How your side hustle can hurt your career
It takes time, effort and a lot of energy to commit yourself to more than one job and to do both well.
Second jobs or ‘side hustles’ have exploded in popularity in recent years. In fact, according to a recent study, two thirds (68%) of working Brits have one, with 31% having started theirs in the first year of the pandemic. And with the UK experiencing a cost-of-living crisis and about to enter into a recession, it’s easy to see the appeal.
While some have simply monetised their existing passions and found a way to profit from hobbies discovered during lockdown, others now need a secondary source of income to offset that nagging balance on credit cards, mounting energy bills and record food and fuel prices.
A good side hustle can be a wonderful thing. It can put money in your pocket and inspiration in your veins. The problem is that the side hustle as a lifestyle choice doesn’t always line up with reality. It takes time, effort and a lot of energy to commit yourself to more than one job and to do both well.
Yes, an extra gig can let you expand your horizons; explore your passions and creativity and buy yourself more financial security, but it can also undermine your full-time job. Typically your full time job will be where you have health benefits, retirement plans and a regular salary, all things you’re not going to want to risk no matter how passionate you are about your hustle. In some cases, the wrong side hustle could put you at risk of losing your job.
Here are three things to watch out for:
It could be against company policy
Depending on the terms of your employment contract, your side hustle may conflict with your full-time job. Many employers require workers to sign non-compete clauses or non disclosure agreements when they take the job, and this can be especially true if your day job involves working directly with clients.
Review the terms of your contract, before you take on a side hustle to be sure you haven’t agreed to any restrictions. It’s a good idea to read up on any company policies about moonlighting or freelancing, even if your job doesn’t present a direct conflict.
Hurts your time management
To make your side hustle a success, you need to put in the time. This can be trickier than it sounds, especially when you’re working full time. Even if your goal is to keep the side hustle entirely separate from your main gig, it may creep in. Whether you’re answering occasional emails or text messages or are less attentive because you’re stretched thin from working additional hours, having a side hustle will make you less focused on your current job. Ethically, your nine to five should get your priority.
Dipping into much-needed overtime
Full time can mean more than 40 hours a week in the media business, especially during busy times of the year. If your side gig eats up all your non-work hours, you’re going to hit a wall when you need to do extra work at your day job. Tiredness and distraction could lead to lower productivity, may affect the quality of your work, and it is not unlikely that it could lead to burnout for you. No one’s happy as a result.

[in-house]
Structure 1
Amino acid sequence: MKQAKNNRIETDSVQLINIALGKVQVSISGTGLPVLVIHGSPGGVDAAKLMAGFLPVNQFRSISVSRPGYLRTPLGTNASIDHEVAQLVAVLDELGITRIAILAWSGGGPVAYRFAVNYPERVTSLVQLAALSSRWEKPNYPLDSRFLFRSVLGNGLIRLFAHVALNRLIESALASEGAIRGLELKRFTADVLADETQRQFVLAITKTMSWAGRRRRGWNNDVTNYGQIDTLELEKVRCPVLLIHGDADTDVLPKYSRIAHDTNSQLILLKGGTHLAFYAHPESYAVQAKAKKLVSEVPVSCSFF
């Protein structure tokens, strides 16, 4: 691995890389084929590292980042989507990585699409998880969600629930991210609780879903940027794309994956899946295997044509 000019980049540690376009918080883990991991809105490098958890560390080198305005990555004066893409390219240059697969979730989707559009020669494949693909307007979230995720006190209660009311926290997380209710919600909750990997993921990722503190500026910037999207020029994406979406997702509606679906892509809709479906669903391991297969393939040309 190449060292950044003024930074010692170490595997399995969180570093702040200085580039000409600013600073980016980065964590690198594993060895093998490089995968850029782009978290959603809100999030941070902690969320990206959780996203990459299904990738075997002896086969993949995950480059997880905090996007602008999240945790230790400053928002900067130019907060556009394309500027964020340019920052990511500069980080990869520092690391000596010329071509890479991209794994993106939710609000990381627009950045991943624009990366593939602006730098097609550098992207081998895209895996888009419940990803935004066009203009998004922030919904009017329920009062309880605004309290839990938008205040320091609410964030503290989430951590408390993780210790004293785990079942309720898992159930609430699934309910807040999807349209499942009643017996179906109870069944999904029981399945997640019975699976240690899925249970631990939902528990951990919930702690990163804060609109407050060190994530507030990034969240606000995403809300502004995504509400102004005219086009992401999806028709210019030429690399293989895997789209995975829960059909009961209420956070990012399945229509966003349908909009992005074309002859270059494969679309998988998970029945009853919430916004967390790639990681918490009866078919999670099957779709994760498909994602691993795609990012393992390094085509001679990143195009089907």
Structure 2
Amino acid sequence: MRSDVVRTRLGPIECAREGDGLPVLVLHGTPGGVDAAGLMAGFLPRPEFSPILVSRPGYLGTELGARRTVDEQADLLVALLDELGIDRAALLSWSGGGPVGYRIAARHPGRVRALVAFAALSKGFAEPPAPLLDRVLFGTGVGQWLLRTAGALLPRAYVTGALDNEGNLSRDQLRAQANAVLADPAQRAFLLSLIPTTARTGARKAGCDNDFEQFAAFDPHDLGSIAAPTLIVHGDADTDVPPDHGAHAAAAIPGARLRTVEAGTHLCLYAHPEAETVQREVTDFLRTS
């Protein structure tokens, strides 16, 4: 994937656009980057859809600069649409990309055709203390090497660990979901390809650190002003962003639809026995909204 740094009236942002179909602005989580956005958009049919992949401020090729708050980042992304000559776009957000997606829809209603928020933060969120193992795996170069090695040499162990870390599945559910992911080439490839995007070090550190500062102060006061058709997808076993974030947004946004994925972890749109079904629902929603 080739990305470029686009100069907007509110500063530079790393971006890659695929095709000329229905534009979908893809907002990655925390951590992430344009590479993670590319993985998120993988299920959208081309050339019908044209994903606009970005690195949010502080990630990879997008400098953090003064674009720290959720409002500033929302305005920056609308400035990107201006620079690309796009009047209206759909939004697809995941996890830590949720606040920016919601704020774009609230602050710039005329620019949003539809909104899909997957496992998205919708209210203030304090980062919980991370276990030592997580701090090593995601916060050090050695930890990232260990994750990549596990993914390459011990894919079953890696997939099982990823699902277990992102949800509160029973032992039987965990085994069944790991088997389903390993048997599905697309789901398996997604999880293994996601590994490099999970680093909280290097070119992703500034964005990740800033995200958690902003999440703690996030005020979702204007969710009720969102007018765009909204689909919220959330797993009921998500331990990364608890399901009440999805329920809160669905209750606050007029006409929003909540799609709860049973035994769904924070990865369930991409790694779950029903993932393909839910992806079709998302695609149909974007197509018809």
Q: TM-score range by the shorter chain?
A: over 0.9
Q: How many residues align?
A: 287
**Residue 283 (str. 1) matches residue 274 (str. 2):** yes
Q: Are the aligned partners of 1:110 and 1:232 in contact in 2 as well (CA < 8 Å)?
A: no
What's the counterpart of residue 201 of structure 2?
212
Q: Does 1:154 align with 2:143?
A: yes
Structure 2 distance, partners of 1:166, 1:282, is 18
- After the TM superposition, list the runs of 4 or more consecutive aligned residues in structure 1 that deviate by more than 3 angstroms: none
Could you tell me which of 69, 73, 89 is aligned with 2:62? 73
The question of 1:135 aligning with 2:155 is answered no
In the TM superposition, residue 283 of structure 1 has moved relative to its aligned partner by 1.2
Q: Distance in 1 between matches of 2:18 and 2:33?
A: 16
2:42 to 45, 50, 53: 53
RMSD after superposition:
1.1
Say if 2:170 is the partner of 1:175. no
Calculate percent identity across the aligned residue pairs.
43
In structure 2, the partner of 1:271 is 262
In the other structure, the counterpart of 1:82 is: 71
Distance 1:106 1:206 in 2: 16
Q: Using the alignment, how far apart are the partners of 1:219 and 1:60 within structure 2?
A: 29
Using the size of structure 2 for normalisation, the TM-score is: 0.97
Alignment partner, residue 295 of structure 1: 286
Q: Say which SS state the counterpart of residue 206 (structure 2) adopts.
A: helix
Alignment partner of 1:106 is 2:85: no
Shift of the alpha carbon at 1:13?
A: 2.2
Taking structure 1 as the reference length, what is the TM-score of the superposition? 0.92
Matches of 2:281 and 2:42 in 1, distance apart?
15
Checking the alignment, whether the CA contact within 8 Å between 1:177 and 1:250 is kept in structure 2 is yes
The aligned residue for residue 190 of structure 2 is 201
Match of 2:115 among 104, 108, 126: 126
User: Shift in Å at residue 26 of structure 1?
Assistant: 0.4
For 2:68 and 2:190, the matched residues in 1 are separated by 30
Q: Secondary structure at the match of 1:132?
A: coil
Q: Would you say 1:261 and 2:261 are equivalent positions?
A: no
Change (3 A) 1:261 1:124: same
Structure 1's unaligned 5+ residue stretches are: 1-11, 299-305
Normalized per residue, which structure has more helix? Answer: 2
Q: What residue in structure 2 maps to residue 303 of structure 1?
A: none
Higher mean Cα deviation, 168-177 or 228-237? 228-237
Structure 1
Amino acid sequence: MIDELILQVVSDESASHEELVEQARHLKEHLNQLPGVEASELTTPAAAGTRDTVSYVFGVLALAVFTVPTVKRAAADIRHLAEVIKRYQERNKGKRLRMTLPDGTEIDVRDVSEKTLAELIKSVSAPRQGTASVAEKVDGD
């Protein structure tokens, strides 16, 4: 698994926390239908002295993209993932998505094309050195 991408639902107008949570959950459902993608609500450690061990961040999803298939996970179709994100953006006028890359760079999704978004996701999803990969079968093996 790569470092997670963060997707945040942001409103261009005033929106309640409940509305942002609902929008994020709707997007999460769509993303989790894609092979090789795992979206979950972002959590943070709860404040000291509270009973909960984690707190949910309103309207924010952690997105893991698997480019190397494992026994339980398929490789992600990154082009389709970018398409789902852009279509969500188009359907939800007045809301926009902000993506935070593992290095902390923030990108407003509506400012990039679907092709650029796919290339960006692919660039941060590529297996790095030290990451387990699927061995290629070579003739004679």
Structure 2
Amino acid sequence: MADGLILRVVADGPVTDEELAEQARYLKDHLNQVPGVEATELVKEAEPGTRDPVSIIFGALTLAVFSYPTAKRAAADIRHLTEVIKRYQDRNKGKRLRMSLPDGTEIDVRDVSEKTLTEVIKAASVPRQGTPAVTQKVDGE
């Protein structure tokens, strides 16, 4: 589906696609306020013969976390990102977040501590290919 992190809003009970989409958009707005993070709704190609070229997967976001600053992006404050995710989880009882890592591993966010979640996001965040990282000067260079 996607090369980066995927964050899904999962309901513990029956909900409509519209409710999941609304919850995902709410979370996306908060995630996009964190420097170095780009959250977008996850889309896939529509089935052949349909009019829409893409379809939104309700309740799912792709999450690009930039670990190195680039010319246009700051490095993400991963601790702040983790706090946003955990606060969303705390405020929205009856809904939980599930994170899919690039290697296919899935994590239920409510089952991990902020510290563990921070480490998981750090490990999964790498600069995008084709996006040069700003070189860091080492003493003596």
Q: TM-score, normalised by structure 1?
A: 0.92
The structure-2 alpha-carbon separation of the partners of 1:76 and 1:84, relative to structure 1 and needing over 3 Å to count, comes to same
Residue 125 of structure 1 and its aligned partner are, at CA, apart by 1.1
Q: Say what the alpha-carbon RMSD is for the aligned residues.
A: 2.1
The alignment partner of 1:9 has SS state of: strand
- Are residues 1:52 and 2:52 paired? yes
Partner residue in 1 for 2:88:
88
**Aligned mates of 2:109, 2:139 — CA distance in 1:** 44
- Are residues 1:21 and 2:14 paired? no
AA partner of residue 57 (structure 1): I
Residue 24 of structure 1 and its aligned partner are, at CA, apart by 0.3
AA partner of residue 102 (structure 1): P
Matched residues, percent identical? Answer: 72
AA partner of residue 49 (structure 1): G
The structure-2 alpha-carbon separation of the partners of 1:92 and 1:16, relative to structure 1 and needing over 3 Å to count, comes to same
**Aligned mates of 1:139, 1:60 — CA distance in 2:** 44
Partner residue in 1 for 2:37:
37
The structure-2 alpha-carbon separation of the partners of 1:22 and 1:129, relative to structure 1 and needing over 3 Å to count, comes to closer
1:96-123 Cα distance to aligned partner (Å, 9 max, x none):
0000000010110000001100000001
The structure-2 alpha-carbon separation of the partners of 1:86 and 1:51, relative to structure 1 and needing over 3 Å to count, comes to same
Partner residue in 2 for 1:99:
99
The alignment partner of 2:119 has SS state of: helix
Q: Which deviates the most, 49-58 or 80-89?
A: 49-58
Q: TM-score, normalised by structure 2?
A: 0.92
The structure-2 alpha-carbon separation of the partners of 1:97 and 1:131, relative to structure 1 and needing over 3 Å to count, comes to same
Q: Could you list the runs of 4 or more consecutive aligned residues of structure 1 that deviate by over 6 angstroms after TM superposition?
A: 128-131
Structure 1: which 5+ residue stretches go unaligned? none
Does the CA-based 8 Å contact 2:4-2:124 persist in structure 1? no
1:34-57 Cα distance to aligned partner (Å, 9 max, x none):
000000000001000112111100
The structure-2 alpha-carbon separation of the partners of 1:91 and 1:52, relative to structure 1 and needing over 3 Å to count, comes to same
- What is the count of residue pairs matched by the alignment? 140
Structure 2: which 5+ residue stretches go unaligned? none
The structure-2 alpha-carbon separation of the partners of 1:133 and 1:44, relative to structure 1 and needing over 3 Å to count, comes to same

Whatever your reason for working a side hustle, it’s important that you’re also clued up on the tax implications of having two jobs. When it comes to starting a business (even when you still have a main job), one of the first things you’ll need to do is register as self-employed with the HMRC.
You’ll need to complete a self assessment every year. Income tax is based on the combined income from both your main job and self-employment. So this could mean your profits as a sole trader push you into a higher tax band. You’ll also need to pay National Insurance on income from your side business. Getting your head around all the business admin, legal and financial responsibilities and important licences can feel overwhelming.
Every hour that you spend working is an hour that has to come from somewhere else in your life: whether that’s sleep, leisure hours, or your time with family and friends. Finding the elusive “work-life-balance” becomes even more of a challenge and can take a toll on your mental and physical wellness. In fact, research shows that people who work more than 55 hours a week develop depression and anxiety at a higher rate than those who work standard hours.
Ultimately it’s important to determine whether the financial rewards of a full time job and a side hustle outweigh the potential downsides. If you’re happy with your current job and are making enough money to feel financially secure and not harbouring dreams of entrepreneurship, spending time on a side hustle may simply add unnecessary stress to your life. Perhaps the best option is to focus on seeking a new full time position that offers real opportunities for career advancement plus that essential remuneration bump.
Explore Your Options
Your first stop? Check out high performance companies on the Mediatel Job Board like Tiktok which is committed to creating an inclusive and diverse workplace. Or explore hybrid work options with Spotify, which also provides seriously competitive benefits from exclusive learning opportunities to flexible share incentives and global parental leave, to access to industry festivals with Spotify on Tour. And if a fast-paced environment and an emphasis on innovation gives you a buzz, look no further than the current open roles at the streaming platform Roku.
For more career opportunities and to find a media job that offers real rewards, visit the Mediatel Job Board
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